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Hundreds flock to first NIVA conference

The inaugural National Independent Venues Association (NIVA) Conference has been hailed as “exceptional” by executive director Rev Moose.

Almost 600 music industry representatives flocked to Cleveland for the gathering, held from 11-12 July to coincide with the start of Independent Venue Week in the US.

Topics discussed included safety, technology, inclusion, diversity, equality, accessibility, booking, ticketing and marketing, while ample networking opportunities were available to members.

“It was an exceptional event,” Moose tells IQ. “Not just the fact that we had as many people as we did, but the feedback was incredible and we are really happy. The independent sector hasn’t been catered for in the past to such a degree and this proves that the market is vibrant. We want to pay attention to the different aspects of the industry that are affecting everybody.”

“We’ve only been together for the past couple of years, but so many relationships have been formed”

Formed in the early days of the pandemic, NIVA has grown to represent more than 2,000 independent concert venues and related music businesses and played a crucial role in securing state and federal funding to help keep the lights on for its members during the shutdown.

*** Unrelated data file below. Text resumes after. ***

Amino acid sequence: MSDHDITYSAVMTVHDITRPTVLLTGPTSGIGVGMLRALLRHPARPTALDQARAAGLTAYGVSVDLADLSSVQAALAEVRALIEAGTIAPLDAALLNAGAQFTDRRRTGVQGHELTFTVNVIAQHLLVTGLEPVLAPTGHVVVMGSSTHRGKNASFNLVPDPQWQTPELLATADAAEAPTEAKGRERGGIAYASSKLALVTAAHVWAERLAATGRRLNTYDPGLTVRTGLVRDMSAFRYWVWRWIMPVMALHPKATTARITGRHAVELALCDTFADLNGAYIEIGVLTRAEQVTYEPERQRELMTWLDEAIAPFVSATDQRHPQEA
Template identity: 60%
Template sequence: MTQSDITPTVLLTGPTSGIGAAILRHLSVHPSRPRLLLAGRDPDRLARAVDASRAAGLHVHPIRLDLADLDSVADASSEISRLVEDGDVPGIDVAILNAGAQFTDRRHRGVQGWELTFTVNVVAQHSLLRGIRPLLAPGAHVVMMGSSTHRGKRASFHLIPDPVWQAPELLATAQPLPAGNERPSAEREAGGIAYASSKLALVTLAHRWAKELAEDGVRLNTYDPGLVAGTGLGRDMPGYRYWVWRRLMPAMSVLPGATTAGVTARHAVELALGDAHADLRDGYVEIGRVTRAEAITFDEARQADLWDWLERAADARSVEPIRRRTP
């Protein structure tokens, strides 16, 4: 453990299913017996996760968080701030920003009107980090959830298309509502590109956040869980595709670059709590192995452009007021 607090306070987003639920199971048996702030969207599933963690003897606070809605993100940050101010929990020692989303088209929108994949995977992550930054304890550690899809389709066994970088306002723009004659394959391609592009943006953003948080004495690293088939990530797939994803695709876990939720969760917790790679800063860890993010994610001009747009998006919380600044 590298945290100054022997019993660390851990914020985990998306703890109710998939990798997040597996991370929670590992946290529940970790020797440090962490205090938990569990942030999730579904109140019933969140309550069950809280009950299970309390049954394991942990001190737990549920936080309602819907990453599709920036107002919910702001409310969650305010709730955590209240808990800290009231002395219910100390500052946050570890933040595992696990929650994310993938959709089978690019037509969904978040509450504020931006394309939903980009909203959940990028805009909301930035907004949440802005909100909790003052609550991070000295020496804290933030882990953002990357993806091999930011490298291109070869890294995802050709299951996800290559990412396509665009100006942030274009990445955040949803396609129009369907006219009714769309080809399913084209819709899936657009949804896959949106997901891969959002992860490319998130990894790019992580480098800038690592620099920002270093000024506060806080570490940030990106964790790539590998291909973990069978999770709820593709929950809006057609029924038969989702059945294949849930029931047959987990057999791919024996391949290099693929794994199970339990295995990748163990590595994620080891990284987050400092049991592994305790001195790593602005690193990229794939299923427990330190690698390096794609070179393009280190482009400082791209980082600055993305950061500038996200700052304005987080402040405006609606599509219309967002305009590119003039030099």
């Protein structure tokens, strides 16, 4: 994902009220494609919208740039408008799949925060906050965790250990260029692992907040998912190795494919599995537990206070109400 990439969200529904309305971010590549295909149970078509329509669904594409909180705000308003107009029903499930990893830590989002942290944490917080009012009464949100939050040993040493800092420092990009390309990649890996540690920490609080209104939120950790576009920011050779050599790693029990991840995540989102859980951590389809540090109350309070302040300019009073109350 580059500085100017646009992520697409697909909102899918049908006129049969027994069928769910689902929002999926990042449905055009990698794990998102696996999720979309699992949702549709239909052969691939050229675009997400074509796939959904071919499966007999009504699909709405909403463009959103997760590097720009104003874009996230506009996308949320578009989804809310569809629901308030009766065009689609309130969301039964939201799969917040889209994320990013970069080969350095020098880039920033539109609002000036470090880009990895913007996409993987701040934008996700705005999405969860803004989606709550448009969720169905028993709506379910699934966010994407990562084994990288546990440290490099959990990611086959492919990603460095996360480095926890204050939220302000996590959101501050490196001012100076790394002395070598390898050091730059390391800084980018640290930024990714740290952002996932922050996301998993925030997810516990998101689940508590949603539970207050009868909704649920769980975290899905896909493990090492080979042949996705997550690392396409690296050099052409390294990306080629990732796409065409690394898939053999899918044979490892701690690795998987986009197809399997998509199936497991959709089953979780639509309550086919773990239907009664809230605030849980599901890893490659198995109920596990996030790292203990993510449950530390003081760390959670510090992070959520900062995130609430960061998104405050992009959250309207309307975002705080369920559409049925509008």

“We’ve only been together for the past couple years, but so many relationships have been formed,” says Moose. “The commonality is very specific, but the differences are huge. And the fact that we’re all in such a great space and willing to collaborate and able to learn off of each other – and share time and happiness and stress points and everything else that comes with it – means that this was the perfect time for us to be able to bring something like this to the world.”

NIVA’s advocacy played a key role in the $16 billion Save Our Stages act, which passed in December 2020 and which was ultimately launched in May 2021 after some hiccups by the Small Business Administration.

Last year, it was honoured at last year’s Rock & Roll Hall of Fame ceremony for the role it has played in helping the country’s indie venues to survive the pandemic.

“The stresses are very real… But we are happy to not be going through it alone”

“We’re excited to be in business,” says Moose. “At the same time, there’s still a lot of financial stress that is coming with it. There is the very real issue of shows being cancelled and rooms going empty for the night, or people not showing up and so you’re not selling what you need on the food and beverage side to be able to make it worth it.

“The stresses are very real and it’s just unfortunate that is still going to happen for quite some time, but we are very happy to be with each other and to not be going through it alone. That, in itself, is something very positive that’s come out through all this.”

Moose says the event attracted 568 registrants at last count – and indicates a sequel is inevitable.

“We want to do it again right now,” he laughs. “Of course it’s going to continue to happen. It intentionally overlapped with Independent Venue Week over here, which is currently in the middle of its fifth year. It gives us a chance to tell our story and people are paying attention, which is a great feeling.

“Independence is a strength in many ways but it also means that sometimes the squeakier wheel gets the attention – and we’re pretty squeaky when we’re all together!”


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